CM . . .
. Volume XII Number 7 . . . .November 25, 2005
We live in a material world. Every human-made object within our reach or line of vision is made from one or two or three or more materials. What might these materials be? What are the properties of each material? How do a material’s properties make it better for some uses than others? These are the big ideas that often are used to introduce chemistry to young children. They are embedded in the outcomes of Manitoba’s Grade 1 science cluster, “Characteristics of Objects and Materials,” and they are the framework that organizes Adrienne Mason’s book, Touch It! Materials, Matter and You.
Mason begins with a list of materials, “Stone, metal, paper, plastic.” She tells children, “Everything around you is made of some kind of material” and provides two examples – “A marble is made of glass, and this book is made of paper.” This is followed by a question that can only be answered by looking carefully at illustrator Claudia Dávila’s two-page depiction of five children playing in a park-like playground as an older woman, sitting on a bench, knits and pays no attention to a bird that is removing a straw-like material from the decoration on her hat. Children who have played marbles, slid down a slide, and built sand structures in a sandbox using child-sized shovels and rakes and pails may be able to tell you that the slide and legs of the park bench are made from metal, the sandbox and park bench are made of wood, the pail and tools are plastic, and the trash bin is metal and lined with a bag made of plastic. It’s not possible, however, to know this from the illustration, just as it’s not possible to know if the clothing is woven or knit and made out of cotton, wool, linen, or a synthetic. There simply is not enough detail. This is a problem throughout the book. On pages 8 and 9, children are told, “You can use your senses of sight, touch, smell, and even taste to describe materials,” but, if one has never held and eaten a strawberry and a pineapple, it’s going to be difficult to compare these two foods, as readers are asked to do, using the illustration alone. Similarly, children are invited to describe the “kinds of textures” they see in an illustration on pages 10 and 11 of farmyard objects (water pail, water trough, pitch fork, saddle, bridle, seed, hay, and fence put together with bolts) and farmyard animals (chickens, rooster, sheep, cow, horse, rabbit, and porcupine). The sheep’s wool is made to look like balls of cotton, and there is no indication of hair on the cow, porcupine, rabbit, or horse, or quills on the porcupine, or feathers on the chickens. Without the real materials in hand, I’m not certain how useful this exercise will be if the goal is to recognize and understand that materials have particular textures that can be determined using the sense of touch.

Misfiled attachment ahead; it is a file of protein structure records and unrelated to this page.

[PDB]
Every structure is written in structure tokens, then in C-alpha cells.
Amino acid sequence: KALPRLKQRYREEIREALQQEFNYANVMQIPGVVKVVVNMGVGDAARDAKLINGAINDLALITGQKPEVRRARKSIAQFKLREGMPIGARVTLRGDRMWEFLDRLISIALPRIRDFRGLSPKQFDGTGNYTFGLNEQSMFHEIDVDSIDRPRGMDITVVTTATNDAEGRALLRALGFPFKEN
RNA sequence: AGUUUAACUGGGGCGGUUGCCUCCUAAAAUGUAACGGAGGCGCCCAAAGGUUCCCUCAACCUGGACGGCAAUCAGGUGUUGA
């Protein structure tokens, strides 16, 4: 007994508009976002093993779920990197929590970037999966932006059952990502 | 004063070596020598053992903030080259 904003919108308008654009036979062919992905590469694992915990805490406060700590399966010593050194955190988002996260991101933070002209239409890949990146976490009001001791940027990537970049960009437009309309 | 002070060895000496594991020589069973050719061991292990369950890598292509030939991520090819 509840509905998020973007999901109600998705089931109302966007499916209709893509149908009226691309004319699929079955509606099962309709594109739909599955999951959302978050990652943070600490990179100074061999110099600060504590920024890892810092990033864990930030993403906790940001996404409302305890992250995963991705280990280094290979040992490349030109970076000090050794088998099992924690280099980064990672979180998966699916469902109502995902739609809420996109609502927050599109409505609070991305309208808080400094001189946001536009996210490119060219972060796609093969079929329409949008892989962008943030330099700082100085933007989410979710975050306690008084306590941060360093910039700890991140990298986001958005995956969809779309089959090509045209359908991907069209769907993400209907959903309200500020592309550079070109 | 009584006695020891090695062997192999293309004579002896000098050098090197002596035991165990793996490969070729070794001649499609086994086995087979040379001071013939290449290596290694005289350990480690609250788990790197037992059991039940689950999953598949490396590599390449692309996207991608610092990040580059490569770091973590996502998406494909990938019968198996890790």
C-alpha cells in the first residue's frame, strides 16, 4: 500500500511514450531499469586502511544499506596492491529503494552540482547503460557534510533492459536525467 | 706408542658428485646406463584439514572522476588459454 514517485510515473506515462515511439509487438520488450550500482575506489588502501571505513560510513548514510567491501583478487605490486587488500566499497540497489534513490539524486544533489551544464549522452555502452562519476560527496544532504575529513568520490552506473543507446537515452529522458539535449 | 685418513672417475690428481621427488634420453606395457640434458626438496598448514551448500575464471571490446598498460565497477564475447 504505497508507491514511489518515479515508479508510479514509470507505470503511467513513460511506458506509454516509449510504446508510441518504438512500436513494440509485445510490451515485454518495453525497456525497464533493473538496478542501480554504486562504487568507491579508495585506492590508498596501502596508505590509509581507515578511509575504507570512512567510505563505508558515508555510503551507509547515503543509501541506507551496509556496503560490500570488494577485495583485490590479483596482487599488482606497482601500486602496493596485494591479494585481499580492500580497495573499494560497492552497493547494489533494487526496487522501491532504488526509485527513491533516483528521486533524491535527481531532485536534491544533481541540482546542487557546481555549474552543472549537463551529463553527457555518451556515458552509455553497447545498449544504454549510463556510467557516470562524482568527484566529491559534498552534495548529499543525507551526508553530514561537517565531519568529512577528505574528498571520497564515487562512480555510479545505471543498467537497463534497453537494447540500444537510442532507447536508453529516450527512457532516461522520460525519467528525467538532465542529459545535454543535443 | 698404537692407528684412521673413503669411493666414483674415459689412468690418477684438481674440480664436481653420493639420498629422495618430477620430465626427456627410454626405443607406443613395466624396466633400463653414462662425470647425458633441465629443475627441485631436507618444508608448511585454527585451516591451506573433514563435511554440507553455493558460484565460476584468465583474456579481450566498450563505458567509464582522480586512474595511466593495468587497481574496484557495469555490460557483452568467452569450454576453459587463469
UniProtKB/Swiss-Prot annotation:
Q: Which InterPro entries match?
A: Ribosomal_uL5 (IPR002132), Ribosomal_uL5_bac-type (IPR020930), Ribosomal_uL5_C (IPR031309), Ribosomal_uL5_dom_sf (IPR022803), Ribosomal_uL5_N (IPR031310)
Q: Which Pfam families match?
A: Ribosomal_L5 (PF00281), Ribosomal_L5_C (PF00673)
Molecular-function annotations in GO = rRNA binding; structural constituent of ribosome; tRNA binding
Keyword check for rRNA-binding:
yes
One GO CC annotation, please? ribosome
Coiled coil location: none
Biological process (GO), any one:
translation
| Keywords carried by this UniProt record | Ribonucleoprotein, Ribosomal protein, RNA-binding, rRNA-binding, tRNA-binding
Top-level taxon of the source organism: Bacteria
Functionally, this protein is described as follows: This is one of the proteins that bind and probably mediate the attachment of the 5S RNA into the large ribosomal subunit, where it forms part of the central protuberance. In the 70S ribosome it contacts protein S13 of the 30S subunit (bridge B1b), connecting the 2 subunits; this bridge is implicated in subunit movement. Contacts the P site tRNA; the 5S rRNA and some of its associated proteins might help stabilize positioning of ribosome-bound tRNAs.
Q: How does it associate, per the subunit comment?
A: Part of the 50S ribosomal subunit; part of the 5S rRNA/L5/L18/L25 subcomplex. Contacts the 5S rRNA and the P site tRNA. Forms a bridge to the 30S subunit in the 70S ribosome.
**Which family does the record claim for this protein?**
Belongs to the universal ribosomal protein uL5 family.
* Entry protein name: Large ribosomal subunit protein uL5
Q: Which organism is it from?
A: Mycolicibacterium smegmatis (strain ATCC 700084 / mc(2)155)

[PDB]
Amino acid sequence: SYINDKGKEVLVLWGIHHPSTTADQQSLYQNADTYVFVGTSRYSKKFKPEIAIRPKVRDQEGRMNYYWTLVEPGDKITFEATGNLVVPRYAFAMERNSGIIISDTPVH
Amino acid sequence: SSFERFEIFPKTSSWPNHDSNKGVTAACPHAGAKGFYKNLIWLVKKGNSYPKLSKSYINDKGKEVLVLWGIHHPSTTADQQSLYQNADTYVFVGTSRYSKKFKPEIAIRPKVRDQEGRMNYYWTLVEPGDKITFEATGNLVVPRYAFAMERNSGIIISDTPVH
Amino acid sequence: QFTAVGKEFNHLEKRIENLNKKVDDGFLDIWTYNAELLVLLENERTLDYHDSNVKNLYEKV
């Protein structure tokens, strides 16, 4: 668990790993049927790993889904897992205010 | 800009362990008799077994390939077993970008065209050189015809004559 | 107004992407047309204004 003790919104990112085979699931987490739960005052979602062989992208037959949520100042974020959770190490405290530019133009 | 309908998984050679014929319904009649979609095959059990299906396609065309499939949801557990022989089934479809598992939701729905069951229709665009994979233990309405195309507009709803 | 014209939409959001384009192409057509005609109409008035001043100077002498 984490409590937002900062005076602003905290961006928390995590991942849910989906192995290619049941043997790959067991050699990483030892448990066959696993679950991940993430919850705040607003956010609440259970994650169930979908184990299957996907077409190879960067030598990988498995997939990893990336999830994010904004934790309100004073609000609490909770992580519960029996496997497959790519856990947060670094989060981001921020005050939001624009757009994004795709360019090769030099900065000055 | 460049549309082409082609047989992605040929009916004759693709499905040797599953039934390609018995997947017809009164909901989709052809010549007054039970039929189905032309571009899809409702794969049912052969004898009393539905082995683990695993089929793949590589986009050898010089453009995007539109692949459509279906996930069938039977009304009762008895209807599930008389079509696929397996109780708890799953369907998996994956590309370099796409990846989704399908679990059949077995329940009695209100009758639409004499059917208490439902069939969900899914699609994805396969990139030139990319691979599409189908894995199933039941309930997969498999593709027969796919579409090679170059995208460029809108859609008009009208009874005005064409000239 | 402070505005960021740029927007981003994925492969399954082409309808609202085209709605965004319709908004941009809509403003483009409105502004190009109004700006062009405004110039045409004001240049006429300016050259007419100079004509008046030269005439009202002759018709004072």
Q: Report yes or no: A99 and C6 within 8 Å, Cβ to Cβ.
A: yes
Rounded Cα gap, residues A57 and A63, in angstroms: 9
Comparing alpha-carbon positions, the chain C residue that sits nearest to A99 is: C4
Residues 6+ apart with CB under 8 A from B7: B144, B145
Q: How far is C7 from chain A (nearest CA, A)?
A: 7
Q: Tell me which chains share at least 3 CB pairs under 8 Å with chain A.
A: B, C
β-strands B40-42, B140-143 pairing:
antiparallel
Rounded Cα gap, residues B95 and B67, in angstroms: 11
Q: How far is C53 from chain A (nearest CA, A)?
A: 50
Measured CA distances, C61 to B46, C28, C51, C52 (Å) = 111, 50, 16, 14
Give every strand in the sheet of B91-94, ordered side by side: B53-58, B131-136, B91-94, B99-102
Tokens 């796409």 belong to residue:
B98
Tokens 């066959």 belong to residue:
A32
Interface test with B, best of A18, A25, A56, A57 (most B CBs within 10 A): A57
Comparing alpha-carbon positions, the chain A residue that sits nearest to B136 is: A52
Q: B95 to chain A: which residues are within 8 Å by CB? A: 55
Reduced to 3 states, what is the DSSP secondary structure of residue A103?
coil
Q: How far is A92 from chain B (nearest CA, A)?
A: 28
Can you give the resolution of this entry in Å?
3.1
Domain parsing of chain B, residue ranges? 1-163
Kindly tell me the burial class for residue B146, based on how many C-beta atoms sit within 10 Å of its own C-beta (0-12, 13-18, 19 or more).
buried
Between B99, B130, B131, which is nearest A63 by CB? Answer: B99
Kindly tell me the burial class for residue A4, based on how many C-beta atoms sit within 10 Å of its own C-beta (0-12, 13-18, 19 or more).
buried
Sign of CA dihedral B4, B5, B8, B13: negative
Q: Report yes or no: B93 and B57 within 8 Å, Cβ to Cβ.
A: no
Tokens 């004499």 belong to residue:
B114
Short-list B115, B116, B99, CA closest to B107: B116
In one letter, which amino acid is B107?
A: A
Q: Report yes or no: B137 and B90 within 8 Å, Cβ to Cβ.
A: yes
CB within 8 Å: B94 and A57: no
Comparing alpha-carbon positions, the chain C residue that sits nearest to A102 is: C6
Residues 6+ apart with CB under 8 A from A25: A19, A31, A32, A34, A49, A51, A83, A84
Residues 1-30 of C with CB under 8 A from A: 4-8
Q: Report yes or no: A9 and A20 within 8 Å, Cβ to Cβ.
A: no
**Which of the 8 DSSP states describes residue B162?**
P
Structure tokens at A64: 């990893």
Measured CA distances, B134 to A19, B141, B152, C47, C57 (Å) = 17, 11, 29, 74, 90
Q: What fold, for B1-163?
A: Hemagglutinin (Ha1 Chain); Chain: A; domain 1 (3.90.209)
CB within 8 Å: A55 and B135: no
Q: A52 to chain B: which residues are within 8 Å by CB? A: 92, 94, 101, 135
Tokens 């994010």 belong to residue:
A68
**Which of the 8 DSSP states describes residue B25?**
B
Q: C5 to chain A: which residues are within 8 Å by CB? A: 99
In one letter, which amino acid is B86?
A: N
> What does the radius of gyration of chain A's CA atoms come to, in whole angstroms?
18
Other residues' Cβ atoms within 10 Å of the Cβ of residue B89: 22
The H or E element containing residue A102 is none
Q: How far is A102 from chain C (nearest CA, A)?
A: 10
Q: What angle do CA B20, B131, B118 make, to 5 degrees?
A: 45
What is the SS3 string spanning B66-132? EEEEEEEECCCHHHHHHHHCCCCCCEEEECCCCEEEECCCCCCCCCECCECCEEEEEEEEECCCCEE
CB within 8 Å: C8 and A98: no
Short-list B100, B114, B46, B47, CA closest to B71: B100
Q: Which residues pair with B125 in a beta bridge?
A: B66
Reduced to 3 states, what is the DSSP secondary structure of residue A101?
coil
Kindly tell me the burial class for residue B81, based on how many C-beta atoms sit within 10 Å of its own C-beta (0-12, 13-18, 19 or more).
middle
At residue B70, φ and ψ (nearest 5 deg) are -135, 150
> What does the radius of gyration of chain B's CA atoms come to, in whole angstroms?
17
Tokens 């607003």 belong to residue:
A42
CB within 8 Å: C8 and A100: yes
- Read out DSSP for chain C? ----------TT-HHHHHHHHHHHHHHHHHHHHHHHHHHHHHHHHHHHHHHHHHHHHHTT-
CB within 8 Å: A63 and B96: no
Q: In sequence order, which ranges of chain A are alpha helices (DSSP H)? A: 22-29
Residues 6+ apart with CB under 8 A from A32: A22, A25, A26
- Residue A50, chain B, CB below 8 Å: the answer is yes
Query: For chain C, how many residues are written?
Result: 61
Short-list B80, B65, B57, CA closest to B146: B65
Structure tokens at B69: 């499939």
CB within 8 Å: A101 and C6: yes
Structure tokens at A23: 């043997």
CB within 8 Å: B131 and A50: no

The next 16 pages of the book include descriptions of the scientific properties of mass, buoyancy (ability to float or sink on water), magnetic, and stretchy. Each description is followed by an activity that aims to make the property a reality for the child. As one example, when children have been told, “Mass is the amount of stuff in a object,” they are asked to determine if objects of the same size have the same mass. This is accomplished by putting together a simple balance scale made from an eraser, ruler, and two cups and using it to compare a metal coin and a plastic button of the same size. Touch It! concludes with two summary statements, “Objects are made of different materials” and “Certain materials are better for certain uses.” This is followed with two pages of very good science content information and teaching suggestions for parents and teachers, and an index and definitions of four “Words to Know” (magnetic, material, mass, and texture).
Regardless of the difficulty associated with illustrating properties that can’t be determined using the sense of sight alone, Touch It! Materials, Matter and You is certain to be a book that is welcomed by many teachers, librarians, and parents. Unlike the life, earth and space sciences, there are not many books for young children that focus upon phenomena in physics and chemistry. Author, Adrienne Mason and illustrator, Claudia Dávila are certainly helping to fill a void. Kids Can Press should be congratulated for initiating the “Primary Physical Science Series” with the release of “Touch It!” and “Move It! Motion, Forces and You,” a Mason-Dávila collaboration also reviewed in this issue.
Barbara McMillan is a professor of early and middle years science education in the Faculty of Education, the University of Manitoba.
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other reproduction is prohibited without permission.
Copyright © the Manitoba Library Association. Reproduction for personal use is permitted only if this copyright notice is maintained. Any other reproduction is prohibited without permission.